Unlike all other human lives, the story of Jesus’ life doesn’t end with his funeral. Though he was crucified, died and was buried, death could not hold him in its prison. Three days later his grave was empty: “On the third day he rose again from the dead,” as we boldly declare in the Apostles’ Creed. The story of Jesus’ life and death really ends — or rather, really begins — on the third day. And because death was not the end for him, it won’t be for us either — we who have committed ourselves to him in faith, for whom Christ’s resurrection is the center of our creed.

Easter Morning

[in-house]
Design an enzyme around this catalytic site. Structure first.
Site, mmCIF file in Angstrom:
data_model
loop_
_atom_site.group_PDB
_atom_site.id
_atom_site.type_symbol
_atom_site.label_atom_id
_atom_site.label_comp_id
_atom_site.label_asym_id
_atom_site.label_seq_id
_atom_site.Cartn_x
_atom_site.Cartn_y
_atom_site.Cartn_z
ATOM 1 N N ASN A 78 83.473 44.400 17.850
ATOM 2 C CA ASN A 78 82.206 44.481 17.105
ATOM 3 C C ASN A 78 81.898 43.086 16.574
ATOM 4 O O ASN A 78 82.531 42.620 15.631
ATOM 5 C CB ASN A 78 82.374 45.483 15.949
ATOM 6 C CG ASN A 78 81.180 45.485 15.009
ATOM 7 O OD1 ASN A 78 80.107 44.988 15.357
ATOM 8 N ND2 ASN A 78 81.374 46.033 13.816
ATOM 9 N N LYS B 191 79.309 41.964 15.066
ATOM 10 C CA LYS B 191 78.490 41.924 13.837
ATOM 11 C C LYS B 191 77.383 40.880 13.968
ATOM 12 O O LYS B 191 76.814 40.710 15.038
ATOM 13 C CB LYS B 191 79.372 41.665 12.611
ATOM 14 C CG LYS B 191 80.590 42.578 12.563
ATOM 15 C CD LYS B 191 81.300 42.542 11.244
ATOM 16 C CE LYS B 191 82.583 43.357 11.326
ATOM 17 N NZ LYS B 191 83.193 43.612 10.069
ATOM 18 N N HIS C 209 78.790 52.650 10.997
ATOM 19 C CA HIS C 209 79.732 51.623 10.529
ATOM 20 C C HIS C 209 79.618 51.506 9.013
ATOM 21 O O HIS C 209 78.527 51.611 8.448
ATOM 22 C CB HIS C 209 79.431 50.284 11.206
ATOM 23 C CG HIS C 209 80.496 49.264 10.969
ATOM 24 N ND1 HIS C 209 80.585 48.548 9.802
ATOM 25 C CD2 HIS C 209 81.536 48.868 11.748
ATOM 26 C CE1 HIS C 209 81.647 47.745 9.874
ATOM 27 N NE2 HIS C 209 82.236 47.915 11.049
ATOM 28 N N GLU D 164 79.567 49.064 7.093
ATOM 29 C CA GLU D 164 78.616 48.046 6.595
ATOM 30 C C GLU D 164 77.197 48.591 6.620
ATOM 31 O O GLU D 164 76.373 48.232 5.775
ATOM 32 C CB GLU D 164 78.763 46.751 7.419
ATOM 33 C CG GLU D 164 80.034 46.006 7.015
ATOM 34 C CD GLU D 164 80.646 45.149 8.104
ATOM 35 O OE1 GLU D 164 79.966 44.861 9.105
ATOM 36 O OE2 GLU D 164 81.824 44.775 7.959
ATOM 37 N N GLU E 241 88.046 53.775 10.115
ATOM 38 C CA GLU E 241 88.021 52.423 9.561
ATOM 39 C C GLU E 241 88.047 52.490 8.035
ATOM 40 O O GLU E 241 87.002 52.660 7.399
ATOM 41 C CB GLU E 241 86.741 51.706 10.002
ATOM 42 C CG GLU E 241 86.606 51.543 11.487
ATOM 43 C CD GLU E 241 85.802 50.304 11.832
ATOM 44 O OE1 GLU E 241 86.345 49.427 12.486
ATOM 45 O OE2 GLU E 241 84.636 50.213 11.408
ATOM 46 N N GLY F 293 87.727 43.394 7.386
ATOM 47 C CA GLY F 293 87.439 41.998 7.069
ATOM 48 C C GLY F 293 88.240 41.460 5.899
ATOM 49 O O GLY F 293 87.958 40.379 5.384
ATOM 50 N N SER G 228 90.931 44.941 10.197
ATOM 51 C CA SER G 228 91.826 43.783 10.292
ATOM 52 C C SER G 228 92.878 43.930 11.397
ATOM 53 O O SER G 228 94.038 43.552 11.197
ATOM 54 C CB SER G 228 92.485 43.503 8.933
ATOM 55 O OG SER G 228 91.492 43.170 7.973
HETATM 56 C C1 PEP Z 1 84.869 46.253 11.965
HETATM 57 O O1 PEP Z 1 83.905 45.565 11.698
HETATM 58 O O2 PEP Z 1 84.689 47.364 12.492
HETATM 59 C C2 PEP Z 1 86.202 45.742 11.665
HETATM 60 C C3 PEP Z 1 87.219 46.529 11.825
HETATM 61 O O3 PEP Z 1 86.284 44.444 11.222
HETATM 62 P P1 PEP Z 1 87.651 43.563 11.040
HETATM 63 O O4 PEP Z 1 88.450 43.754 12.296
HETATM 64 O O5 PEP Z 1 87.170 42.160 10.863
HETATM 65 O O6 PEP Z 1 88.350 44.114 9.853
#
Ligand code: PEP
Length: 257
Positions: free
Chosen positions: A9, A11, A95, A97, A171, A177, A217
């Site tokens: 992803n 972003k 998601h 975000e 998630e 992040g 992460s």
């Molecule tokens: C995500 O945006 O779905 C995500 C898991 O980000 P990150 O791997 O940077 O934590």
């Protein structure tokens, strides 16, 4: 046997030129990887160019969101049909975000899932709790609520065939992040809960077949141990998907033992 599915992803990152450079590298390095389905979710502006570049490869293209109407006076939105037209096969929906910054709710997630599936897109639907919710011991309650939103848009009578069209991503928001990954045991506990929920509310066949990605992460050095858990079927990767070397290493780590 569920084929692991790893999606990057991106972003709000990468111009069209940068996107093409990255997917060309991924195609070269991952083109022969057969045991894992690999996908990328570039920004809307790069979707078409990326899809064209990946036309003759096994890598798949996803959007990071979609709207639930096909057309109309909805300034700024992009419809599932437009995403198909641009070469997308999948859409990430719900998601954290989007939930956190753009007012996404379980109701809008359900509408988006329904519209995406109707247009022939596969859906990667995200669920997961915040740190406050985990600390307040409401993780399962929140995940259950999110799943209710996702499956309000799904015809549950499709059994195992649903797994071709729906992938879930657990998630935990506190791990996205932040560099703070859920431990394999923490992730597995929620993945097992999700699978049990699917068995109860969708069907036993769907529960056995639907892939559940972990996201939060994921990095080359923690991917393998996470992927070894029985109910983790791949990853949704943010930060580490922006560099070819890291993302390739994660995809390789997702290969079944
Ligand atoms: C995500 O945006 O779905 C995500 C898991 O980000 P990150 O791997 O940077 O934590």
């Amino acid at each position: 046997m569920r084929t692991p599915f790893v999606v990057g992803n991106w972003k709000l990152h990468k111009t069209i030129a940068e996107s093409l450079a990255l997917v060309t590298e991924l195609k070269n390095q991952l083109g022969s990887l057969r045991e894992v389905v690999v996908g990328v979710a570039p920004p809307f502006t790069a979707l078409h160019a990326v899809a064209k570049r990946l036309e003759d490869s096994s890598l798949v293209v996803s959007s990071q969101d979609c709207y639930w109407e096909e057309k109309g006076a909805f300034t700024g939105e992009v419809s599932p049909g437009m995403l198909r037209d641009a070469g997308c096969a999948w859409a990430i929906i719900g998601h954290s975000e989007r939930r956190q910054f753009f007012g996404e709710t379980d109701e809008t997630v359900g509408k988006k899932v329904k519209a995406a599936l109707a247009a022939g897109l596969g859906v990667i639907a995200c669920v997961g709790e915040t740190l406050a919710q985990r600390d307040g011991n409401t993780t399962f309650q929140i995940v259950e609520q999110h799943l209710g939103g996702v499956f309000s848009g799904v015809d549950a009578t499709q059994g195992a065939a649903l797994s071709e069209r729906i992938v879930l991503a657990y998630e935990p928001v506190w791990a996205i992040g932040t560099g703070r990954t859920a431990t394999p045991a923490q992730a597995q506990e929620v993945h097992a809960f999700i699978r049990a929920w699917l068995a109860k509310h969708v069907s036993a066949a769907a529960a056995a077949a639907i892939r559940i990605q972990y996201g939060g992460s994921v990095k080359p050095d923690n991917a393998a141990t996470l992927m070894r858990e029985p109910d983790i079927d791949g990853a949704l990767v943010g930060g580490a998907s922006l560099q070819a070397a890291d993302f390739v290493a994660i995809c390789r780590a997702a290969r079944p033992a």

What happened on the third day is a well-known story. Several of the women who belonged to the larger circle of Jesus’ disciples had come out to the garden tomb to finish the burial rites that were interrupted on the day he died by the onset of the Jewish Sabbath. Unlike Jesus’ twelve male disciples, most of whom forsook him and fled in fear, these women stood by the cross to the end, helped put Jesus’ body in his tomb, and now, early on Sunday morning, are coming back to finish the proper burial arrangements for their Lord’s dead body. They set out from Jerusalem at first light, worrying along the way about how they would move the huge stone that covered the tomb’s entrance. Reaching the grave about sunrise, they saw to their astonishment that the stone was already moved aside. The doorway into the tomb stood open. The bewildered women lingered there for a moment outside, uncertain what to do. Finally mustering the courage to peer inside, they were startled by the sight of an angel, who told them some incredible news.